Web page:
In Cuenca and Back on a Bike



Cuenca is such a great city! Tons of beautiful churches and green parks. Last night, after C and I arrived in town after a four hour bus ride from Guayaquil, we explored the cobblestone streets of Cuena and admired its old colonial building, remnants of Spanish colonizations in the mid-1500’s. We had a late afternoon snack of hummus (yay!) and then a light dinner at Raymipampa. I’ve been craving salads and luckily they had a great lettuce, bean, and avocado option for me! The hotel we’re staying at – Macondo – is on the outskirts of the center of town, which is fine with me because it’s quiet at night. The hotel reminds me a lot of the place we stayed at in San Jose (Aranjuez) because it’s an old converted house centered around an open courtyard.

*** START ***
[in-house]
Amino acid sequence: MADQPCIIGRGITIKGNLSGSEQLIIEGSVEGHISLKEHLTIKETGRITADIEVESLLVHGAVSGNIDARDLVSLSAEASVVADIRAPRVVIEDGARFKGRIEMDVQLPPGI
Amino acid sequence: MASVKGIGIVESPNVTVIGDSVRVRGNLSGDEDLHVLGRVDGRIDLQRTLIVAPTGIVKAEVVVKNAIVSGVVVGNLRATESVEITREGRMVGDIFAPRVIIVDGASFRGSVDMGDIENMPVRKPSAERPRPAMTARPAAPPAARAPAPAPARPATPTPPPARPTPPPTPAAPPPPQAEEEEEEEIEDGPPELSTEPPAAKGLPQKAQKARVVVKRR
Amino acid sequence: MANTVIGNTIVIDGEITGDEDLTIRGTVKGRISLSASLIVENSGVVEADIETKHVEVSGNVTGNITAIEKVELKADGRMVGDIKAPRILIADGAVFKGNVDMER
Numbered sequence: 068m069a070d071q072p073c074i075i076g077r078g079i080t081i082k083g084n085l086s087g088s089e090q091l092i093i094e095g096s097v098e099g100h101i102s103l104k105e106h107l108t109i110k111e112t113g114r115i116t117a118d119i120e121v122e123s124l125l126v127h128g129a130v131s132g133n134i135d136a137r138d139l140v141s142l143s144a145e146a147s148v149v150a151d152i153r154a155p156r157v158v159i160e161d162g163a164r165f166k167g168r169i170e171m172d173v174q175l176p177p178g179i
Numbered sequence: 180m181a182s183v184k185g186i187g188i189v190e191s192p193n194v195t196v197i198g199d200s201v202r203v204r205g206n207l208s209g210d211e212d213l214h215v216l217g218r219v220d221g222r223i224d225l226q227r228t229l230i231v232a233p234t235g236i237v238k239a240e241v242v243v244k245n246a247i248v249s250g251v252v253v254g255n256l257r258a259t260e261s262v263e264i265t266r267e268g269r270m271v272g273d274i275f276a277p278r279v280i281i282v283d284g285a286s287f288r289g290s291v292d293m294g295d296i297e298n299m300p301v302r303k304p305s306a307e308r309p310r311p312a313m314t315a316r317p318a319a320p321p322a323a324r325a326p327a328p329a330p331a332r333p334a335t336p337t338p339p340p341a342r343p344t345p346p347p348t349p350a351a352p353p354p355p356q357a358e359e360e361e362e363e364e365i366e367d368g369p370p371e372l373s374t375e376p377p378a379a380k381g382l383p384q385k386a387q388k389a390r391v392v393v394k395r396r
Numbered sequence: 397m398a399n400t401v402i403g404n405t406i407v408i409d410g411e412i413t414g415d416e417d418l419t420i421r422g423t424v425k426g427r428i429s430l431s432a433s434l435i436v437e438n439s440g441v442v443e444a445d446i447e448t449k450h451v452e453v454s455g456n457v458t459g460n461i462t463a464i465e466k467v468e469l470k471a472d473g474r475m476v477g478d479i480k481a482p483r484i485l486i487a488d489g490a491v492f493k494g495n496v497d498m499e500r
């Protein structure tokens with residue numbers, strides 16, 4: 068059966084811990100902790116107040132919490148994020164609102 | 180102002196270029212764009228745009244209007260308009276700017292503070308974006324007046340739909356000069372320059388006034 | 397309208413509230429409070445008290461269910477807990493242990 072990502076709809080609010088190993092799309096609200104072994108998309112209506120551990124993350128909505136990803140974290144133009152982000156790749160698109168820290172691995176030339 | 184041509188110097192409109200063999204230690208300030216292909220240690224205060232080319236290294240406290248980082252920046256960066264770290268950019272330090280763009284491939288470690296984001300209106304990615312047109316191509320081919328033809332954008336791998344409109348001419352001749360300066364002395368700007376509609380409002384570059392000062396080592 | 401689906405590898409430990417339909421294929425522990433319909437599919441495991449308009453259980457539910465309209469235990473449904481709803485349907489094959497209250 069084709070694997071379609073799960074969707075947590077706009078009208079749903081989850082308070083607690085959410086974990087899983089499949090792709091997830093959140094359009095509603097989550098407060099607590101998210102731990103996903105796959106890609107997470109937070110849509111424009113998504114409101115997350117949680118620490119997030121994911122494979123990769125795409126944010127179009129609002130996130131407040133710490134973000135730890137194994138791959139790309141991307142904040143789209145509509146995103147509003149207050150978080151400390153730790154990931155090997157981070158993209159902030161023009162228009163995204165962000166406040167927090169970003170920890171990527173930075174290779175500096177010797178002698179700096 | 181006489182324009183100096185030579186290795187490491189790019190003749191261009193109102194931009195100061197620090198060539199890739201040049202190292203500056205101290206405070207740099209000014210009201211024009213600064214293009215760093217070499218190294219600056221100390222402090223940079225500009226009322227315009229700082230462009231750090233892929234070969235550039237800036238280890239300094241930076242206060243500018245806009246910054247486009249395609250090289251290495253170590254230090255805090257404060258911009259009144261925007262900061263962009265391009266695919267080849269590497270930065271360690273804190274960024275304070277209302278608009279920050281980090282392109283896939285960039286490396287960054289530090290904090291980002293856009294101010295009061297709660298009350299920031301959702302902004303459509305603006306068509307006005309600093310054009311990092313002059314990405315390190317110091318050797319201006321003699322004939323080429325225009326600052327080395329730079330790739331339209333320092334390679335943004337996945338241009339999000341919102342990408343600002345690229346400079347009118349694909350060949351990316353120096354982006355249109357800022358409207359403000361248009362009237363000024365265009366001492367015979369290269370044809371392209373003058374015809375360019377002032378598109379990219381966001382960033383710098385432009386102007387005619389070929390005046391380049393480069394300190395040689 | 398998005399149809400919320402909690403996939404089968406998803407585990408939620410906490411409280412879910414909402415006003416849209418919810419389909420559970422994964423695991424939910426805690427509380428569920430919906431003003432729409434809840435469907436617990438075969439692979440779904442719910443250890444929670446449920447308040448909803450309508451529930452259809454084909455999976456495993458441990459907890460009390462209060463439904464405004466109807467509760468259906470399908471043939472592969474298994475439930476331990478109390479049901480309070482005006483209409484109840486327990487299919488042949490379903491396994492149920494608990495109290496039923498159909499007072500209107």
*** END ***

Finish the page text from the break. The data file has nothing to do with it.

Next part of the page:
In the morning we ate breakfast with some other travelers and had a leisurely start to the day. The plan was to walk around Cuenca some more, but other than that our agenda was open. We found our way to a giant indoor food market with vendors selling everything from fruits, vegetables, eggs, meat, cooked legumes and almost anything else you can think of, including fresh carrot and apple juice! Except for a juice and some bananas, we didn’t buy anything, but vowed to return later to stock up on a few mangos and avocados.